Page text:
Finally we have the 12 prophets without mentioning their specific names. Just as there were 12 tribes so there also were 12 prophets. Sometimes they are referred to as the 12 Minor Prophets, Hosea, Joel, Amos, Obadiah, Jonah, Micah, Nahum, Habakkuk, Zephaniah, Haggai, Zechariah, and Malachi. They were important enough for Sirach to mention them so that this book of 12 or series of books about 12 prophets might have been considered canonical by the time of the writing of Sirach. Sirach wanted them to be like Elisha, whose dead body revived another dead person. These prophets gave comfort to the people of Jacob. They gave the Israelites hope.

The acts of charity of Tobit (Tob 1:15-1:18)

“When King Shalmaneser died, his son King Sennacherib reigned in his place. The highways into Media became unsafe, so that I could no longer go into Media. In the days of King Shalmaneser, I performed many acts of charity to my kindred. I would give my food to the hungry. I would give my clothing to the naked. If I saw the dead body of any of my people thrown out behind the wall of Nineveh, I would bury it. I also buried anyone that King Sennacherib put to death, in those days of judgment, when they came fleeing from Judea because of his blasphemies. In his anger, King Sennacherib put to death many Israelites, but I would secretly remove the bodies and bury them. So when King Sennacherib looked for them, he could not find them.”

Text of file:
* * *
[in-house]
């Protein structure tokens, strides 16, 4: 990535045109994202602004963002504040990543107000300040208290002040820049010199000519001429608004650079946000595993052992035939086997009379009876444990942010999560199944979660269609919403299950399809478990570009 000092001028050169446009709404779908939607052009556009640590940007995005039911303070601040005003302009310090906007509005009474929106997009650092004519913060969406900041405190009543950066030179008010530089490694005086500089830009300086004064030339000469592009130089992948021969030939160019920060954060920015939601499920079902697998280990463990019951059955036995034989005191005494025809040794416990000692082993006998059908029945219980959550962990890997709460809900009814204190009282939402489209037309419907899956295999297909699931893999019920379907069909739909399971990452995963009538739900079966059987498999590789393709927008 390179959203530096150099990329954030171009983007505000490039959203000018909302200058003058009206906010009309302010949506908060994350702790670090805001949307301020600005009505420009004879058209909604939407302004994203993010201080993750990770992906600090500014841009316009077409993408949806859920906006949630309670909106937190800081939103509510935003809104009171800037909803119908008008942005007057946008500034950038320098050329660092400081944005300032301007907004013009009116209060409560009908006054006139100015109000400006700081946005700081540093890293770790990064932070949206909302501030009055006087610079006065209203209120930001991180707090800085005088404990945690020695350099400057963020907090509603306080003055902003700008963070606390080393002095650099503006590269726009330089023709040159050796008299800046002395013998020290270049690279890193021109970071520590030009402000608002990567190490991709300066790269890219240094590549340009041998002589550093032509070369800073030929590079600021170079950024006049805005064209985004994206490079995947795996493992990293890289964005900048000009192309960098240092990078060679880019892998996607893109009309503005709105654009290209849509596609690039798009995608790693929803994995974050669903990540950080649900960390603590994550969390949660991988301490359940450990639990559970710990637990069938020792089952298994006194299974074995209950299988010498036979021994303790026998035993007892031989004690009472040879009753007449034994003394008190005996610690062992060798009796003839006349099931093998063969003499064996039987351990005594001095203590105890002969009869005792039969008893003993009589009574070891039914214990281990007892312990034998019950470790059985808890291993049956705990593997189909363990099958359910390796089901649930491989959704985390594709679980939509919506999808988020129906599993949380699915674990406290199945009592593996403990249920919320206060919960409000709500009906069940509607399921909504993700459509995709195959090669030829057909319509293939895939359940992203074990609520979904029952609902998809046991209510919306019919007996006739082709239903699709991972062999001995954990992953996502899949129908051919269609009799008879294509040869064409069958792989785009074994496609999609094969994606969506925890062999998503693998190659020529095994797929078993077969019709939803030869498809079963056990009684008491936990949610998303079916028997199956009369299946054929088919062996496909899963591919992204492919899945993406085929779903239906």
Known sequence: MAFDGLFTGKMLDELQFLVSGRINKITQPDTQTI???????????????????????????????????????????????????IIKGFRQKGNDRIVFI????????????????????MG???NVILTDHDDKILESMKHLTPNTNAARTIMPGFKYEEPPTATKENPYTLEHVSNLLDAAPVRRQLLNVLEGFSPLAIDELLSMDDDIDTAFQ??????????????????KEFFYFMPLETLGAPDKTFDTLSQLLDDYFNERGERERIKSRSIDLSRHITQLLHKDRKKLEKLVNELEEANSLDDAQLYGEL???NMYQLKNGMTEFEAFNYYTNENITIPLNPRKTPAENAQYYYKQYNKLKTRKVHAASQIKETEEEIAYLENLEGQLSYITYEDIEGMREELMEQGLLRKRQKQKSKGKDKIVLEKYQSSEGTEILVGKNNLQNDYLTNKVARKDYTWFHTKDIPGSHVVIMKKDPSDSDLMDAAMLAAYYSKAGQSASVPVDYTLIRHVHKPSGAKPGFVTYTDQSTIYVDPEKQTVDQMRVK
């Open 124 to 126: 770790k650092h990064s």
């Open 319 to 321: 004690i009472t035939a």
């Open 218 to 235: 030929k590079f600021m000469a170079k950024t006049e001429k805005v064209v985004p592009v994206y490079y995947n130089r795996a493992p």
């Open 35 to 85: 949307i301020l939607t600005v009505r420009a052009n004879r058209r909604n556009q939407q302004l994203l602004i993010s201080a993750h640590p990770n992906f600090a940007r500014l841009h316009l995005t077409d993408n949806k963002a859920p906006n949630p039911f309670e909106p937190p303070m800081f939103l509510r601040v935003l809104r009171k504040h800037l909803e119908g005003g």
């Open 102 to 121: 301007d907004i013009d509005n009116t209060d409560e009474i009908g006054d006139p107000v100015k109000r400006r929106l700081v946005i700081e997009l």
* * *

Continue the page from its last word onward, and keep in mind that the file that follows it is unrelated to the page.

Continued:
Apparently, things were pretty good when King Shalmaneser (727-722 BCE) was in charge. When he died, things deteriorated so that the roads were not safe. When King Shalmaneser was alive, Tobit was active in charitable works of feeding the hungry and clothing the naked. He also began burying the dead outside the walls of Nineveh. However, things changed under King Sennacherib (689-681 BCE). He was killing Israelites when he was angry. Tobit began burying the dead Israelites.